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Electricity in Germany in 2023

Global Ranking: #28
53.2% #69 Low-carbon electricity
49.41 % #40 Electrification
703.08 watts #49 Generation / person
351.60 gCO2eq/kWh #85 Carbon Intensity

In 2023, Germany's electricity generation landscape presents a notable mix of low-carbon and fossil energies. More than half of the electricity, about 53%, comes from low-carbon sources, underscoring Germany's commitment to cleaner energy. Wind power leads the low-carbon category, contributing nearly 27%, followed by solar at around 12% and biofuels at approximately 9%. Hydropower and nuclear energy provide smaller shares, at roughly 4% and 2%, respectively. Fossil fuels still account for a significant portion, with around 45% of the electricity. This includes coal, which makes up about 26%, and gas, which contributes nearly 15%. Net imports cover the remainder, constituting a marginal 2%.


To further increase its low-carbon electricity generation, Germany could focus on expanding its existing wind and solar energy capacities. With wind power already producing a substantial amount of electricity, enhancing both onshore and offshore wind farms could significantly boost green energy production. Similarly, solar energy, which currently makes up almost 12% of Germany's electricity, can be increased through broader installation of solar panels and supporting infrastructure. Looking at countries like France and Slovakia, which generate 65% and 62% of their electricity from nuclear power, Germany could also prioritize nuclear energy as a reliable clean energy source. Emulating these successful models, Germany could achieve a more sustainable energy mix while reducing the adverse impacts of fossil fuels, such as climate change and air pollution.


Historically, Germany's low-carbon electricity generation has seen significant shifts, particularly with nuclear energy. During the 1980s, nuclear power saw substantial increases, such as in 1984 and 1985, when it grew by 26.3 TWh and 34.3 TWh respectively. However, this trend reversed dramatically from the late 2000s onward. Notably, in 2011, nuclear electricity generation decreased by 32.6 TWh, reflecting Germany's policy changes post-Fukushima. This decline continued, with substantial drops in 2020, 2022, and 2023, reflecting a significant phase-out. Conversely, wind energy has shown consistent growth, particularly in 2015 and 2017, with increases of 22.1 TWh and 25.8 TWh respectively. Despite a minor setback in 2021, wind power remains a cornerstone of Germany’s clean electricity journey. Meanwhile, solar energy marked a notable growth of 11.4 TWh in 2022, confirming its rising importance in Germany's low-carbon portfolio. By learning from the past and leveraging advancements in wind, solar, and nuclear technologies, Germany can continue to evolve towards a cleaner and more sustainable electricity future.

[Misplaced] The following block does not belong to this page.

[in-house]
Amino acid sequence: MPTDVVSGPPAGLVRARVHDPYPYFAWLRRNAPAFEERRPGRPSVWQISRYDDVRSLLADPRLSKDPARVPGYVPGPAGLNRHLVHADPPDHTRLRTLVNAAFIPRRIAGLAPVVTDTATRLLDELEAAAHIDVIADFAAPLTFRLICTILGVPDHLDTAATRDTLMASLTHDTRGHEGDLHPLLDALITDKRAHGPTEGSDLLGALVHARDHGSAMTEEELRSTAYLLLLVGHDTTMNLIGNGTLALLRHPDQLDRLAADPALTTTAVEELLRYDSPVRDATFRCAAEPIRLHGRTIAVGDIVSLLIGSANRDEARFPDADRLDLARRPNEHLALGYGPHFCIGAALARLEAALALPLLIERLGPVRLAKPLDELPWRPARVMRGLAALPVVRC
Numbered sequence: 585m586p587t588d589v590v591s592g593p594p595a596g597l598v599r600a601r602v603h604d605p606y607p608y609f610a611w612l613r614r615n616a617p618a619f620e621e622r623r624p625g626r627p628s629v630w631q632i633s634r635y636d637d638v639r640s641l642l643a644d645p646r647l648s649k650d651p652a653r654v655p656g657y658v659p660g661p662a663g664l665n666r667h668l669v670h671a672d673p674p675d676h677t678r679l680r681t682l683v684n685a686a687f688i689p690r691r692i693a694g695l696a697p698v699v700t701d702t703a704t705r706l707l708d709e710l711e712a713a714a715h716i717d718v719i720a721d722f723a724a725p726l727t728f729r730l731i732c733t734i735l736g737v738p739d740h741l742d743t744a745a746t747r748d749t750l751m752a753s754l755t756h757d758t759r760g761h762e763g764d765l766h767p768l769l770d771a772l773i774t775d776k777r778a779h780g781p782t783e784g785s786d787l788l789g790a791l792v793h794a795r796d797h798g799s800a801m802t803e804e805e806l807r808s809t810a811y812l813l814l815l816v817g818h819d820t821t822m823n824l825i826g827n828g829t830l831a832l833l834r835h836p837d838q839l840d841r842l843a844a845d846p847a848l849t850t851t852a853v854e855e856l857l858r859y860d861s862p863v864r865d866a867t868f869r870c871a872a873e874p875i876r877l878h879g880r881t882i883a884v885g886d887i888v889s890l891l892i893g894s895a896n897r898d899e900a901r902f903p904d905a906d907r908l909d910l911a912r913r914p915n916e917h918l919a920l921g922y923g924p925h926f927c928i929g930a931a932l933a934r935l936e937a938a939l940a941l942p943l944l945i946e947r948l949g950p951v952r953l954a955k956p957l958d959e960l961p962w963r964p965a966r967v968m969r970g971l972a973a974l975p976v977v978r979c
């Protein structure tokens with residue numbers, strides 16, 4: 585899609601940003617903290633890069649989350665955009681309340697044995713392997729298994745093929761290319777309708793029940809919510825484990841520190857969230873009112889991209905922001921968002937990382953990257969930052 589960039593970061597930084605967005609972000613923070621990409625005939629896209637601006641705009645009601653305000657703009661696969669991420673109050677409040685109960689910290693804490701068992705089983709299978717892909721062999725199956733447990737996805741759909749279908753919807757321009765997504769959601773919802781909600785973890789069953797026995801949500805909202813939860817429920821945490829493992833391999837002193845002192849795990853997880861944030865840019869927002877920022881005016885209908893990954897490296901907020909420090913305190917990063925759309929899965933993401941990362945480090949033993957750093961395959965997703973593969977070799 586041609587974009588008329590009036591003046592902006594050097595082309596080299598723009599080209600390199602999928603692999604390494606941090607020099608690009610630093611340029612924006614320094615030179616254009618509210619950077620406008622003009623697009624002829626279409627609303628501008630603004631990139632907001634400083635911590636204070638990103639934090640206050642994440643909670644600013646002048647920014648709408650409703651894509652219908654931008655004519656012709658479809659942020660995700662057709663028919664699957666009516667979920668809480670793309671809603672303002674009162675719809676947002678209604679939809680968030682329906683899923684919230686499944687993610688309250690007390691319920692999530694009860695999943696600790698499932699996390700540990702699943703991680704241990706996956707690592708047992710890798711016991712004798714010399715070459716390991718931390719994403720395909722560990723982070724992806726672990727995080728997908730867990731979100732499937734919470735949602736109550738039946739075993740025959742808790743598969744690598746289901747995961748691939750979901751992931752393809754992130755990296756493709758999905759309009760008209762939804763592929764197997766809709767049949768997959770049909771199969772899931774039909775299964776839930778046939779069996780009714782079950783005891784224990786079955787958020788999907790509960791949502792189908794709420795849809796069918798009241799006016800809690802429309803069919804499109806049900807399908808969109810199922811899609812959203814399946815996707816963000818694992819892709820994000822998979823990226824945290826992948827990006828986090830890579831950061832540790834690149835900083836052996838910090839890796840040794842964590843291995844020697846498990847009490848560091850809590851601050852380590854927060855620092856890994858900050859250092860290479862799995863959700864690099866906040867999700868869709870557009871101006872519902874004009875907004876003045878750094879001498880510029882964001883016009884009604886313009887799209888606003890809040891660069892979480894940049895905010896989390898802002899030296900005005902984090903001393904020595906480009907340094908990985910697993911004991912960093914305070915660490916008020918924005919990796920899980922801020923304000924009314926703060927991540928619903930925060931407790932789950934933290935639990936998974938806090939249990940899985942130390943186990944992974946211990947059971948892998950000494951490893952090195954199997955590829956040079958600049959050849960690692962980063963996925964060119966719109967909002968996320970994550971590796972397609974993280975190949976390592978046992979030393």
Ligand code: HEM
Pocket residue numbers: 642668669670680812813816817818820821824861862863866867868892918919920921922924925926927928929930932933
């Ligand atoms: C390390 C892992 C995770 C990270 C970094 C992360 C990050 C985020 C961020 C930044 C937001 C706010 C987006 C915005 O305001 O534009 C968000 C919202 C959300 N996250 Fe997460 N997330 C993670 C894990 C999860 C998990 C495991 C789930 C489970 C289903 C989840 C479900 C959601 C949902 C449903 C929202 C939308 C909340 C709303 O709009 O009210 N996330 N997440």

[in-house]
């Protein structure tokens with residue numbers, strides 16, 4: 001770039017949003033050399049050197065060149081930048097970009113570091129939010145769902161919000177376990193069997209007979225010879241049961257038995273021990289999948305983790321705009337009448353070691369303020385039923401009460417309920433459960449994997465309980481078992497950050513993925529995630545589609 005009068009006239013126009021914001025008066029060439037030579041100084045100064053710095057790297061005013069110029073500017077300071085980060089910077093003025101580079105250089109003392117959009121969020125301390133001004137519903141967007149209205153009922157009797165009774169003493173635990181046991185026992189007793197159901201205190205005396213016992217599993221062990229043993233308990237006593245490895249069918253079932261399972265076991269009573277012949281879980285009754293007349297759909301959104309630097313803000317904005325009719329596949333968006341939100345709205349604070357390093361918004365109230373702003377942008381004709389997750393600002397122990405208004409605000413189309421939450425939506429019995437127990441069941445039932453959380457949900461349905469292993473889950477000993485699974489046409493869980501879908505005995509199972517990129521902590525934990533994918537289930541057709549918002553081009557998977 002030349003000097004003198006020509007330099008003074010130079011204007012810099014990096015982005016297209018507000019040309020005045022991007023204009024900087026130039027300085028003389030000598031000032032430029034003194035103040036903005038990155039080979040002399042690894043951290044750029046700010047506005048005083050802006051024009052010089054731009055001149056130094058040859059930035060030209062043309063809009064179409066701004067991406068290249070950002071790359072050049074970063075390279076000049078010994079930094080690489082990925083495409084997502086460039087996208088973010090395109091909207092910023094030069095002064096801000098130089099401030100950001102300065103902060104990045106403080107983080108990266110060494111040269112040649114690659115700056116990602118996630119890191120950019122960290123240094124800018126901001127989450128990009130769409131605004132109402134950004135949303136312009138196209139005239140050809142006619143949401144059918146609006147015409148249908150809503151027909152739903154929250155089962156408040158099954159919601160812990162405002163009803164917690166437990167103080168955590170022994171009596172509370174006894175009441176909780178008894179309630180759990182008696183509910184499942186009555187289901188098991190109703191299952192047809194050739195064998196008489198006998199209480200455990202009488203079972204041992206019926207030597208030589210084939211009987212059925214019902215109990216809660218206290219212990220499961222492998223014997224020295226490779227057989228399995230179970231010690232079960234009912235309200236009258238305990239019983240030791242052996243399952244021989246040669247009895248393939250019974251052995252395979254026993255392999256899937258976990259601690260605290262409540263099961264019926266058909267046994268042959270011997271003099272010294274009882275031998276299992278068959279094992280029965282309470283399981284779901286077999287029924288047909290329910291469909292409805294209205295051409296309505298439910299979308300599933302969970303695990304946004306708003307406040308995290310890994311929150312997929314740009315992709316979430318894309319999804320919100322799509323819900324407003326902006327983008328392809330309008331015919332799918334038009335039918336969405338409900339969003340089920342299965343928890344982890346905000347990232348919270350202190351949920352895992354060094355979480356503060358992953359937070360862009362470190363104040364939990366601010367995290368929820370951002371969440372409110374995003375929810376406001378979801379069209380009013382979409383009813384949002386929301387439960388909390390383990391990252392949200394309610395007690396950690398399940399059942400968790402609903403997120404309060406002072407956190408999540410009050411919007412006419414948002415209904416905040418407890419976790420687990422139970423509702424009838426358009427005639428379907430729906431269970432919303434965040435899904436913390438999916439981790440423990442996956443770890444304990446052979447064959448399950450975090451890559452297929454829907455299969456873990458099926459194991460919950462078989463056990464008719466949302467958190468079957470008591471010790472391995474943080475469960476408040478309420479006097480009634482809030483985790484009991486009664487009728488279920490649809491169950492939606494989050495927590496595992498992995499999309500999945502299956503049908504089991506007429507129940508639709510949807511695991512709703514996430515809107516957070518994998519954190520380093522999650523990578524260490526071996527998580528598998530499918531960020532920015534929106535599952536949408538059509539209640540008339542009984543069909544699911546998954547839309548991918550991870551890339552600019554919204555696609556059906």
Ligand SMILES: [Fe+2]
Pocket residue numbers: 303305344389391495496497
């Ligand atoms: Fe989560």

Electricity Imports and Exports

Balance of Trade

Maximum Imports

Data Sources

For the years 1971 to 1984 the data sources are World Bank and IEA (imports/exports).
For the years 1985 to 1989 the data sources are Energy Institute and IEA (imports/exports).
For the year 1990 the data source is IEA.
For the years 1991 to 1992 the data sources are Energy Institute and IEA (imports/exports).
For the years 1993 to 1995 the data source is IEA.
For the years 1996 to 1998 the data sources are Energy Institute and IEA (imports/exports).
For the years 1999 to 2002 the data source is IEA.
For the years 2003 to 2007 the data sources are Energy Institute and IEA (imports/exports).
For the years 2008 to 2017 the data source is IEA.
For the years 2018 to 2019 the data sources are IEA and IEA (imports/exports).
For the years 2020 to 2023 the data source is Ember.
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